Rambam goes on to define a dizzying array of instructions regarding how close one can or can’t be to human poop when reciting the Shema, with special stipulations for whether it is in front of, behind, or to the side of a person. Or if it is above them. Or in a hole below them. Other Rabbis, however, were skeptical of this, and were especially concerned with what would happen should someone get poop on their sandal. I truly could not be making this shit up.
The lack of indoor plumbing in c. 500 CE Babylon necessitated the use of chamber pots, which were another troublesome issue for Talmud-era Rabbis. Most Rabbis agreed that chamber pots were always considered dirty, even when empty, but disagreed on the specifics. Rabbi Shimon ben Gamliel argued that as long as the chamber pot is behind the bed one may say the Shema, but if it is “before the bed” one must move at least four cubits away before reciting the Shema. Rabbi Shimon ben Elazar disagreed, arguing that, “Even in a house one hundred cubits in size, one may not recite Shema until he removes [the chamber pot] or places it beneath the bed.” Out of sight, out of mind — though, as someone all too familiar with the smells than can emanate from a top-of-the-line diaper pail, I can’t help but wonder how the smell impacted the argument. In case anyone is curious, the Rabbis also argued about what to do if the smell of farts is in the air.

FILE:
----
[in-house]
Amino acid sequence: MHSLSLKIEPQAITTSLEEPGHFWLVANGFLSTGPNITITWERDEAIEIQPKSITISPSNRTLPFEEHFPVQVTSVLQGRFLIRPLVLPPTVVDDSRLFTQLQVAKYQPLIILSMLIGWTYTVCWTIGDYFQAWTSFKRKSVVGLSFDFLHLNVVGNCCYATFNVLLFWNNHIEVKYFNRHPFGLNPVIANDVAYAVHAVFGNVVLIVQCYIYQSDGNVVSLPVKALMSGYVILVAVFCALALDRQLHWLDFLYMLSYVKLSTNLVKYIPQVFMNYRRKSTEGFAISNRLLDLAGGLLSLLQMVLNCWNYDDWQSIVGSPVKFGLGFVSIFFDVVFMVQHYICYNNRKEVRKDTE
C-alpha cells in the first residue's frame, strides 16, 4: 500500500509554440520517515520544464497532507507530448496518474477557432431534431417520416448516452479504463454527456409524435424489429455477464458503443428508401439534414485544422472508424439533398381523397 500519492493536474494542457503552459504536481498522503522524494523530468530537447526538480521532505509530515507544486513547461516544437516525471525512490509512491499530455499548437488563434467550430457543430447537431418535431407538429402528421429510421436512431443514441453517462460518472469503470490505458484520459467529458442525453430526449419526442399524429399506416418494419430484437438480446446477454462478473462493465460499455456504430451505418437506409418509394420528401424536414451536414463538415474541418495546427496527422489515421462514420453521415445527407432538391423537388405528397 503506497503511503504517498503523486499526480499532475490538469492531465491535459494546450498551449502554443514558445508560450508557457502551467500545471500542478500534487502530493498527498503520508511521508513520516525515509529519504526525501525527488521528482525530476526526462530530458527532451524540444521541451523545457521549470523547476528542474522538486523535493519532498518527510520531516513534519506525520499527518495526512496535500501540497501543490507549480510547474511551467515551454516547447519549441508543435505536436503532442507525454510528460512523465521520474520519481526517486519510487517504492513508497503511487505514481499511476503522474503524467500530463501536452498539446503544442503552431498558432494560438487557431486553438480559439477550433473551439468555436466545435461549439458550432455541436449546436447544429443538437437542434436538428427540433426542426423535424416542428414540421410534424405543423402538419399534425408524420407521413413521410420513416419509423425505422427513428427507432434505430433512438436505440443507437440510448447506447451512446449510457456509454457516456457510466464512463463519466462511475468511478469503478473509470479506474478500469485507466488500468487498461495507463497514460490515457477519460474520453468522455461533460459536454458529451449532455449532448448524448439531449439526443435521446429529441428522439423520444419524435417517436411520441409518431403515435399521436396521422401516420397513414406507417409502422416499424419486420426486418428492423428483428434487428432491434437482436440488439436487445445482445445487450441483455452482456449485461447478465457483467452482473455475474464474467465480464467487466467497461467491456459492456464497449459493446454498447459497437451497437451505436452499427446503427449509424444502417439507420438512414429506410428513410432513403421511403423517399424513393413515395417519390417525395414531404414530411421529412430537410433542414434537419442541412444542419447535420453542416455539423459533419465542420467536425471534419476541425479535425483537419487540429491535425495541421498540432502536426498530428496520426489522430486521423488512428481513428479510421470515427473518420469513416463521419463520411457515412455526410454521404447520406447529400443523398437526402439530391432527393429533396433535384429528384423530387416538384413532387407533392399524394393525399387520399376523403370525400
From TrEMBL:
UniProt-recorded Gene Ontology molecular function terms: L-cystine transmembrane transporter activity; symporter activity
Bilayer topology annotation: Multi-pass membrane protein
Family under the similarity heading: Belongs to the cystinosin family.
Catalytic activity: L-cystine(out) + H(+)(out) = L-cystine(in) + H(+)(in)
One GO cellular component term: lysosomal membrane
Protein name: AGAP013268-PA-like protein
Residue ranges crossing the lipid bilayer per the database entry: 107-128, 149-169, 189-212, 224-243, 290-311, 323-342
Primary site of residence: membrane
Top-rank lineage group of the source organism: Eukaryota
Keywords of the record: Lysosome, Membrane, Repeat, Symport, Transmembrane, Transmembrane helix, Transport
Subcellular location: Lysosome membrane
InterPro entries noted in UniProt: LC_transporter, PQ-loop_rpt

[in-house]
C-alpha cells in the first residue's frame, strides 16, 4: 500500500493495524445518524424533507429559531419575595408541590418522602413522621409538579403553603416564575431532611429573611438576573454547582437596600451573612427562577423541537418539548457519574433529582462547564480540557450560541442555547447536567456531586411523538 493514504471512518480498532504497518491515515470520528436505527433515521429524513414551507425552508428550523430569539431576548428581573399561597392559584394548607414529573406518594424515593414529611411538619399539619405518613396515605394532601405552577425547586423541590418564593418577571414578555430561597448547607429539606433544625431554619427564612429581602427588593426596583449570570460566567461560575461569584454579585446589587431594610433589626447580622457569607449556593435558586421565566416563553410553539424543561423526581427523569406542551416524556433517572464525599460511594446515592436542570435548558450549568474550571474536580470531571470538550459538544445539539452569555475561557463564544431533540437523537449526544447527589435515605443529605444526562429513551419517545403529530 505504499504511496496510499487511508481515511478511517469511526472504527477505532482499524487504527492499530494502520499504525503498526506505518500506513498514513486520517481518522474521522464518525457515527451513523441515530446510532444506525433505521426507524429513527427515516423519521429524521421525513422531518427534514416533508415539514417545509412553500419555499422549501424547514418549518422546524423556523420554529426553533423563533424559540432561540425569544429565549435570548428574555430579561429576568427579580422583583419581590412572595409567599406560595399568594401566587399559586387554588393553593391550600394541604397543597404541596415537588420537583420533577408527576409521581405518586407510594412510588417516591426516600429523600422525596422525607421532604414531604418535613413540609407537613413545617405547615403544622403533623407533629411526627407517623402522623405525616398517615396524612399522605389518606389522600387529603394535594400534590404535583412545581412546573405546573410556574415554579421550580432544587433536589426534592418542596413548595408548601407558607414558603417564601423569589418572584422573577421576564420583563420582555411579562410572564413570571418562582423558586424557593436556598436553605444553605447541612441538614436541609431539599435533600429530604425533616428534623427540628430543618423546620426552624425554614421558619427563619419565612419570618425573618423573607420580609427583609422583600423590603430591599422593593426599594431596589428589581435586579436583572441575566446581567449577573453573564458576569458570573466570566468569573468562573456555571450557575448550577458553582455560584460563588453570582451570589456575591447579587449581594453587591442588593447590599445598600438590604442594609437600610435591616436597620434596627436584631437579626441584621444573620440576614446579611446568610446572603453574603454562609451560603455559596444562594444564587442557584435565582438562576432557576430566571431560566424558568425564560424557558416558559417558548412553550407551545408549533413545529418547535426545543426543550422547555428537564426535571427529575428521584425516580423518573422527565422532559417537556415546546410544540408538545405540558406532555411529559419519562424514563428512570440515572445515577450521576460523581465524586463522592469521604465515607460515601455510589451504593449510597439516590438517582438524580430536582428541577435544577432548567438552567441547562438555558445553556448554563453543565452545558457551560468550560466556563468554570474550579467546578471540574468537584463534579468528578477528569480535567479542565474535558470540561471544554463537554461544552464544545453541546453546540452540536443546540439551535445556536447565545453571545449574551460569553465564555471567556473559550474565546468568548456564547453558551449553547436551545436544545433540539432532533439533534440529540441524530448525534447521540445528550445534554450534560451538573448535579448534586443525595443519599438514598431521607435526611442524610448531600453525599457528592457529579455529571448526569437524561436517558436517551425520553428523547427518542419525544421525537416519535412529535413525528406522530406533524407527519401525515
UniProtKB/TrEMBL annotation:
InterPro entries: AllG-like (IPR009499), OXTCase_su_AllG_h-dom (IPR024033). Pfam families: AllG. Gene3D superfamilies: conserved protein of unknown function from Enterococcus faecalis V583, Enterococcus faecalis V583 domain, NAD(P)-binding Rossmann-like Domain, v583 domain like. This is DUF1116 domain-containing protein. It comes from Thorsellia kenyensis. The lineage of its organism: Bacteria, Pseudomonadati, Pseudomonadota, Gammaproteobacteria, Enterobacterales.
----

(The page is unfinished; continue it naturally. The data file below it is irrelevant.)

The Talmud even has an answer for what to do if a child has an accident on the floor during Shabbat. If this happens, “one may overturn a bowl on top of a child’s feces so that he will not touch it and dirty himself,” without violating the labor restrictions. Good thinking, Rabbis. Women in particular might want to note Rabbi Aha’s Talmudic advice that women who launder poop out of children’s clothes on Shabbat will die during childbirth. While I have no empirical data that his prediction is true, what mom doesn’t need an excuse to skip laundry on Saturday?
Rambam even provides very specific advice for how to deal with constipation, though, given its graphic nature, I will refrain from quoting that passage. Anyone who is curious can check out the section on “Human Dispositions” in the Mishnah but please note that his advice is for sure not approved by the American Academy of Pediatrics.
I am sure it’s clear that I am no Talmud scholar, and, if I’m being honest, I find it all too easy to poke fun at the ancient Rabbis’ concerns about poop. However, there is also something deeply endearing to me about these Rabbis and their preoccupation with poop, especially when it comes to matters of kids’ bathroom habits and where to put the chamber pot. They are small reminders that these revered Rabbis were just people: people with bodies and families and practical issues just like the rest of us.
So the next time I’m stuck rereading “Where Do You Poop?” for the umpteenth time it will make me smile to know that ancient Jewish Rabbis were thinking about that same question.